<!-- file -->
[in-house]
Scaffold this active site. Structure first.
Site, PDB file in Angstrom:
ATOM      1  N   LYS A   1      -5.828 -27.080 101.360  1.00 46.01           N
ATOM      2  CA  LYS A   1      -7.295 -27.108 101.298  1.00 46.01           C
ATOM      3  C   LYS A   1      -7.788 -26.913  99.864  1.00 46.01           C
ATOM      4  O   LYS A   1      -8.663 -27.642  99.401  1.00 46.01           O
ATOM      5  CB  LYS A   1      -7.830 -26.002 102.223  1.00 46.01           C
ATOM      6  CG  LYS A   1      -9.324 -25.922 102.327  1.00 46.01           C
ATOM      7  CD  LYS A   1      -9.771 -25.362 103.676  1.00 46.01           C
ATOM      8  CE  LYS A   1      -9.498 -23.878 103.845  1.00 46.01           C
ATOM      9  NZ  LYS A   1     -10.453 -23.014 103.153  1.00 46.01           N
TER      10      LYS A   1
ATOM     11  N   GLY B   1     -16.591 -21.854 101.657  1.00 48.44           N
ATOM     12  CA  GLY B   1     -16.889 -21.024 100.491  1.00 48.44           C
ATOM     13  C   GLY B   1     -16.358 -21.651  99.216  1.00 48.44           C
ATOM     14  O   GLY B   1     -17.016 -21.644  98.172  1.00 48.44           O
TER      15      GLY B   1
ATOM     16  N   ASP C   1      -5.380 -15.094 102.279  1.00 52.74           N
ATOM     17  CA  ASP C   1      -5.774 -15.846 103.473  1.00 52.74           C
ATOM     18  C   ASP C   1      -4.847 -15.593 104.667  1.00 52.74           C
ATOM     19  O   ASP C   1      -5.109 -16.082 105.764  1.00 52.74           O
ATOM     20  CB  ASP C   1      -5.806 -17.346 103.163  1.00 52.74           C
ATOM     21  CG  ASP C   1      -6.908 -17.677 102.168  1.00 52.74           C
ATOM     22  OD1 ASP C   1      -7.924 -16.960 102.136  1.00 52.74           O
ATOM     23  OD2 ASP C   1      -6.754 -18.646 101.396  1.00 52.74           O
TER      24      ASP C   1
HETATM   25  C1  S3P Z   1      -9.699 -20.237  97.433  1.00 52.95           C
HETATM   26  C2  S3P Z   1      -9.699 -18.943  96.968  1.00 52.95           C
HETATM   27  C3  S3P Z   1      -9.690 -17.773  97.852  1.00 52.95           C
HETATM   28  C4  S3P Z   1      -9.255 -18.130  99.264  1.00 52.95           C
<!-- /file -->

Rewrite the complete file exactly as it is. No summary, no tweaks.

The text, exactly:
[in-house]
Scaffold this active site. Structure first.
Site, PDB file in Angstrom:
ATOM      1  N   LYS A   1      -5.828 -27.080 101.360  1.00 46.01           N
ATOM      2  CA  LYS A   1      -7.295 -27.108 101.298  1.00 46.01           C
ATOM      3  C   LYS A   1      -7.788 -26.913  99.864  1.00 46.01           C
ATOM      4  O   LYS A   1      -8.663 -27.642  99.401  1.00 46.01           O
ATOM      5  CB  LYS A   1      -7.830 -26.002 102.223  1.00 46.01           C
ATOM      6  CG  LYS A   1      -9.324 -25.922 102.327  1.00 46.01           C
ATOM      7  CD  LYS A   1      -9.771 -25.362 103.676  1.00 46.01           C
ATOM      8  CE  LYS A   1      -9.498 -23.878 103.845  1.00 46.01           C
ATOM      9  NZ  LYS A   1     -10.453 -23.014 103.153  1.00 46.01           N
TER      10      LYS A   1
ATOM     11  N   GLY B   1     -16.591 -21.854 101.657  1.00 48.44           N
ATOM     12  CA  GLY B   1     -16.889 -21.024 100.491  1.00 48.44           C
ATOM     13  C   GLY B   1     -16.358 -21.651  99.216  1.00 48.44           C
ATOM     14  O   GLY B   1     -17.016 -21.644  98.172  1.00 48.44           O
TER      15      GLY B   1
ATOM     16  N   ASP C   1      -5.380 -15.094 102.279  1.00 52.74           N
ATOM     17  CA  ASP C   1      -5.774 -15.846 103.473  1.00 52.74           C
ATOM     18  C   ASP C   1      -4.847 -15.593 104.667  1.00 52.74           C
ATOM     19  O   ASP C   1      -5.109 -16.082 105.764  1.00 52.74           O
ATOM     20  CB  ASP C   1      -5.806 -17.346 103.163  1.00 52.74           C
ATOM     21  CG  ASP C   1      -6.908 -17.677 102.168  1.00 52.74           C
ATOM     22  OD1 ASP C   1      -7.924 -16.960 102.136  1.00 52.74           O
ATOM     23  OD2 ASP C   1      -6.754 -18.646 101.396  1.00 52.74           O
TER      24      ASP C   1
HETATM   25  C1  S3P Z   1      -9.699 -20.237  97.433  1.00 52.95           C
HETATM   26  C2  S3P Z   1      -9.699 -18.943  96.968  1.00 52.95           C
HETATM   27  C3  S3P Z   1      -9.690 -17.773  97.852  1.00 52.95           C
HETATM   28  C4  S3P Z   1      -9.255 -18.130  99.264  1.00 52.95           C